The squidolin takes new approach to teaching violin and there's nothing fishy about it
By Paul Best
June 2, 2009
June 3, 2009 “I love the sound of the violin,” explains Carlos Mendez. “Since I was a kid, I wanted to learn how to play it. But born in a poor country such as Nicaragua, my parents couldn't afford lessons.”
It was this childhood affection for the stringed instrument that encouraged the young industrial designer to use part of his final project at the Art Center College of Design in Pasedena, California, where he graduated with honors in product design, to come up with an affordable way of learning the violin. So was born the concept of the “squidolin”.
The squidolin – named on account of its squid-like appearance – is designed to hook up to a TV to instruct students on how to play, although it will play like a regular violin too.
“I decided to try and solve this problem for other people like me,” Mendez tells Gizmag. “I took six weeks of classes to understand the basics and researched the violin culture.”
In the process, he was reminded why he hadn’t learned in the first place. It was expensive. A decent instrument can set you back between USD$300 and USD$500. In addition classes cost up to USD$50 an hour. “It gets expensive very quickly,” he says.
Moreover, Mendez found the conventional style of teaching highly “dogmatic”. “The way you hold the instrument, the music you learn to play, and so on, this turns children off who might have been excited to begin with.”
He also found the instrument was difficult to learn through a book or video because it demanded specific finger spacing, correct bow stroking, timing and a trained ear to know if you were hitting the correct note.
“It's a multi-sensorial experience. In the technological context we live in today, we can create a device that captures the multi-sensorial input that is required to teach someone how to play the violin. The Nintendo Wii is the perfect example (of how it can be done),” he says.
“When connected to a TV, the Squidolin teaches the student how to play through a series of exercises that train each hand at a time. Like levels in a game, the first level teaches you to stroke the bow at a perpendicular angle. The next level might teach you to play that bow at a certain beat, eventually progressing to more complicated things, like using both hands and applying vibrato. It's basically a set of coordination exercises.”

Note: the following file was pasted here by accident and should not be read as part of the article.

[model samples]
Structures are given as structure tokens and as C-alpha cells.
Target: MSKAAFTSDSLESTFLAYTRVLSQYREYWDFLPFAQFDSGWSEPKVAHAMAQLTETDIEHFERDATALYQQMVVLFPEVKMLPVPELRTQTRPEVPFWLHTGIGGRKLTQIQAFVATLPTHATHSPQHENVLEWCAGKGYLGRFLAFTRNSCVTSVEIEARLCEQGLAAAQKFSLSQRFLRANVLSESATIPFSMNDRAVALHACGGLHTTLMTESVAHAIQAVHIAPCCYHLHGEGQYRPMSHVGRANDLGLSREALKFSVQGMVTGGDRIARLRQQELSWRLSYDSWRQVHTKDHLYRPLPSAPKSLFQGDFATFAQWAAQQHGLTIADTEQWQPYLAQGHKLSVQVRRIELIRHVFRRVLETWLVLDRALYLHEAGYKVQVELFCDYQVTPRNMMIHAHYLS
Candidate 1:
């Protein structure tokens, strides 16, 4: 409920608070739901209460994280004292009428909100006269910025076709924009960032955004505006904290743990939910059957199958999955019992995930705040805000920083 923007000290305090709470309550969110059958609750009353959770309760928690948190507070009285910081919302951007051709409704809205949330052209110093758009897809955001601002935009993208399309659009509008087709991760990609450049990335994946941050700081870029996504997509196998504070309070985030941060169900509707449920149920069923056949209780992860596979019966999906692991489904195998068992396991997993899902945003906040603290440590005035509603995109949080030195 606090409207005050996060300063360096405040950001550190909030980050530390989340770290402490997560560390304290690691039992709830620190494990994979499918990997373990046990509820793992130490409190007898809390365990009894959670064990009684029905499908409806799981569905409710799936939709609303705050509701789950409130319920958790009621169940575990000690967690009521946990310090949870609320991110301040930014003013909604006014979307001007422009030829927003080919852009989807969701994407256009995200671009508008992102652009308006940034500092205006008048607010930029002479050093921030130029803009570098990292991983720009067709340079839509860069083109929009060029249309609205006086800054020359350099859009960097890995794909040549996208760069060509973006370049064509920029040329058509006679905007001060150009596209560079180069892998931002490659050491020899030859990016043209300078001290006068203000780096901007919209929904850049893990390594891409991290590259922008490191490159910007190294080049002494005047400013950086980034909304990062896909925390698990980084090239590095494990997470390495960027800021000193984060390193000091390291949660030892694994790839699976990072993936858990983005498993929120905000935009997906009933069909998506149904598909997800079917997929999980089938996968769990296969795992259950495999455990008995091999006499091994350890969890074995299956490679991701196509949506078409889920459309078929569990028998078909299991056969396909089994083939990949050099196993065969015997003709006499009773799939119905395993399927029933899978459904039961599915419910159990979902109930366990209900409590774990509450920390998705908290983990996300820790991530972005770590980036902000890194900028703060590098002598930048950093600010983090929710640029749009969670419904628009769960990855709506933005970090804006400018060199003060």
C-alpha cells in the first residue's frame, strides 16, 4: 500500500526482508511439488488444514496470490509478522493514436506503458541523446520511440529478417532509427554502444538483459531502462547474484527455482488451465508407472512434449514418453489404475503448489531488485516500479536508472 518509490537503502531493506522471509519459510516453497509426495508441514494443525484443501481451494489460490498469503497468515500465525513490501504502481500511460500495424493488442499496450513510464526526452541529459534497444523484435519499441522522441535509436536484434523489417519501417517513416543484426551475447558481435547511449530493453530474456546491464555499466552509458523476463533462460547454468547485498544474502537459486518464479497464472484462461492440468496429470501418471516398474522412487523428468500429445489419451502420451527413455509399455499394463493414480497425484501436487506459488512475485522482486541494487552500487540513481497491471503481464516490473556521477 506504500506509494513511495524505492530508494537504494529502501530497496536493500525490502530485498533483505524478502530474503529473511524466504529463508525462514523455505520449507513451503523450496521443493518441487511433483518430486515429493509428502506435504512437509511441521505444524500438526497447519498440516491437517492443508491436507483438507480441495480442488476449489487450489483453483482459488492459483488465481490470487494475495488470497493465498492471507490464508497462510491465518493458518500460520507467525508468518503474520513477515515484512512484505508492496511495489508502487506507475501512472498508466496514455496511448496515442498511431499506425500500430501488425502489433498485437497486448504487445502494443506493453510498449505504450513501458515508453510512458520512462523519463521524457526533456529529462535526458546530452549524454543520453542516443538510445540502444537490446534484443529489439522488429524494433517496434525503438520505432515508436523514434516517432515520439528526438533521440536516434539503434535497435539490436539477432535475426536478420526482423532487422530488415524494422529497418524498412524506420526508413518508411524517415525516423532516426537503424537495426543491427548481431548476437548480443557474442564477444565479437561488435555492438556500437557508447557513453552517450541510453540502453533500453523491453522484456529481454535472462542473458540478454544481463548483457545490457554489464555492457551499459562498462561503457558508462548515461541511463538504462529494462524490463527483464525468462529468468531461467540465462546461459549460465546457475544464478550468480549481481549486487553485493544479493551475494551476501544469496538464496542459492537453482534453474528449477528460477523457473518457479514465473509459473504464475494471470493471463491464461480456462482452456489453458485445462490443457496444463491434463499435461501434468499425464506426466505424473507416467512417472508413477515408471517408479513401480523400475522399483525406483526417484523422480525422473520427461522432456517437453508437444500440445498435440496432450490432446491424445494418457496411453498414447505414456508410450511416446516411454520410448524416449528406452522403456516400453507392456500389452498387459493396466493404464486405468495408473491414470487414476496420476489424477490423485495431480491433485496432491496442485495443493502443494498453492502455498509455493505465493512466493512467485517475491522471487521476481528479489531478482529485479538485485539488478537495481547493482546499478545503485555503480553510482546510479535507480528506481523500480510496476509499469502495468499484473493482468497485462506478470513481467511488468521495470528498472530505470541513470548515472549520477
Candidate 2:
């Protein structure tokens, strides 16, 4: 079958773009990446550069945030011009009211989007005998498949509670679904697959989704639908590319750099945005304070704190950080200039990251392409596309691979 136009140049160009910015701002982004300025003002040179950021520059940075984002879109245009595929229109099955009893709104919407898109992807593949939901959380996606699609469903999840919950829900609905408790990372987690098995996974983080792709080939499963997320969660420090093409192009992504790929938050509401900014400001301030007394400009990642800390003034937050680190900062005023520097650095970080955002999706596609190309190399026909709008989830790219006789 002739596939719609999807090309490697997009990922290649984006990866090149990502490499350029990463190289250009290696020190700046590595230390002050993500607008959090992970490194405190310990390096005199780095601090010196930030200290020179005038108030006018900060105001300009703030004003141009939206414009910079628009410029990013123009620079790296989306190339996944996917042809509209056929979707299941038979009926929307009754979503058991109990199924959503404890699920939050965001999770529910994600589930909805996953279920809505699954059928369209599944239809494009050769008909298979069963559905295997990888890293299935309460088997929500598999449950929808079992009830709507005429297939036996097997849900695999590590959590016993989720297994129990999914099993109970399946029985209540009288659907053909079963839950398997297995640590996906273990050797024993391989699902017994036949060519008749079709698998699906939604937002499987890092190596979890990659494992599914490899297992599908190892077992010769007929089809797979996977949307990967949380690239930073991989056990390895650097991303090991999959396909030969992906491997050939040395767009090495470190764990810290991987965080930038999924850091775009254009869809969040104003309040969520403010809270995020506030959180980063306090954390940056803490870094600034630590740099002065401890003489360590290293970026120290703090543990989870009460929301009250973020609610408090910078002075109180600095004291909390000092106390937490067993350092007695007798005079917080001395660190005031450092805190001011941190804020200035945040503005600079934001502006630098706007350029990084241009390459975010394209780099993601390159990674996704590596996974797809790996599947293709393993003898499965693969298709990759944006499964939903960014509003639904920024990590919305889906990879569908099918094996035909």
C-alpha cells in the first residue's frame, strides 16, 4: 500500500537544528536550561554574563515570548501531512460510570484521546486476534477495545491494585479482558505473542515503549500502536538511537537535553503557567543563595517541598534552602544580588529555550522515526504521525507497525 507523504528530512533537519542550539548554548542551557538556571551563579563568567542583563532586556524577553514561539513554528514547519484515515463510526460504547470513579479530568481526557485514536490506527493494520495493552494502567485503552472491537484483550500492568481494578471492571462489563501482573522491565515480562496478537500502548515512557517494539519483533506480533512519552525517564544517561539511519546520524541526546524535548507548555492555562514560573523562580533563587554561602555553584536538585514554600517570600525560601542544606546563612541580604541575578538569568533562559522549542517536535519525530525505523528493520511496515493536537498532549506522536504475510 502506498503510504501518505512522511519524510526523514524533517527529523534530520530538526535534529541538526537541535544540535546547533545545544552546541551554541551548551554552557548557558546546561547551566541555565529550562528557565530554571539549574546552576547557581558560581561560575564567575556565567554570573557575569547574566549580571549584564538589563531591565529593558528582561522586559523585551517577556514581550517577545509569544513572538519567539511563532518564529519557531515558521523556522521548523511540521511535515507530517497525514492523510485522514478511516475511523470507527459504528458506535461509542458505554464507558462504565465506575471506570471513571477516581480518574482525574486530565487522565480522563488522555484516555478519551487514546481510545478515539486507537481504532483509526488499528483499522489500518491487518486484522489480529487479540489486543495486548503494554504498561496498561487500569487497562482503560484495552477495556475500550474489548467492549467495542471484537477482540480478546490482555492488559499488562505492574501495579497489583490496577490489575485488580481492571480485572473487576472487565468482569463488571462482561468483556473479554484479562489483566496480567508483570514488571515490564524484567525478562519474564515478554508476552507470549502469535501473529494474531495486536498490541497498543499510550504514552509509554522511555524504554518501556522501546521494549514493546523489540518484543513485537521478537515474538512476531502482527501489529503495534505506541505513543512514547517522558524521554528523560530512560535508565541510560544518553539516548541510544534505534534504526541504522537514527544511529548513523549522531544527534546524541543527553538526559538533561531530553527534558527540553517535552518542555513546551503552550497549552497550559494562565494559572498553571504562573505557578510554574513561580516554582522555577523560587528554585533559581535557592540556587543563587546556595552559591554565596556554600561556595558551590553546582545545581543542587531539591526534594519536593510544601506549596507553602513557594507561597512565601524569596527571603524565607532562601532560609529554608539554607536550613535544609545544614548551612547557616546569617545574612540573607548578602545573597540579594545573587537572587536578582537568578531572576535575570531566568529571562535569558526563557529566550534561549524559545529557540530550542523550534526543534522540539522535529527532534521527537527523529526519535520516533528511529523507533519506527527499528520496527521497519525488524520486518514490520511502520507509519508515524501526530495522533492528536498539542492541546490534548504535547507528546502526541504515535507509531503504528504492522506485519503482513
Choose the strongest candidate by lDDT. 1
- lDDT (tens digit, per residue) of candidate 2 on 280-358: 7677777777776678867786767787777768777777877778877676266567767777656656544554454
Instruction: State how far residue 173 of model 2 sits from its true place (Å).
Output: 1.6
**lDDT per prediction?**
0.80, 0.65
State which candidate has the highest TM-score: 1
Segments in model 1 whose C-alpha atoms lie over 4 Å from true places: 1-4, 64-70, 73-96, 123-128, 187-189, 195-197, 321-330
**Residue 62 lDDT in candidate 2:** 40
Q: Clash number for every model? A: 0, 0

Mendez says he’s now working on demos of the interface that will show what users see on the TV screen.
He explains that it is important also that the squidolin, when plugged into an amplifier behaves like an ordinary electric violin, so it can be enjoyed and used like a regular instrument, whether you’re in the garage with friends or on stage.
In coming up with any design, Mendez always asks himself: “Does this deserve to exist or am I just making garbage?”
With the squidolin, Mendez wanted beauty and comfort. “I think the original violin is attractive, but it has too much stuff on it,” he says, explaining how he conceived of his unusual shape. “The chin rest and shoulder rest in the design look like afterthoughts. They don't look like they belong together. I eventually used the aquatic shape of the squid because of its smooth, attractive shape.”
So will we see a playable version? “I'm working on it,” he says.
Note: Mendez will publish his process book for the squidolin in the near future. We’ll keep you posted.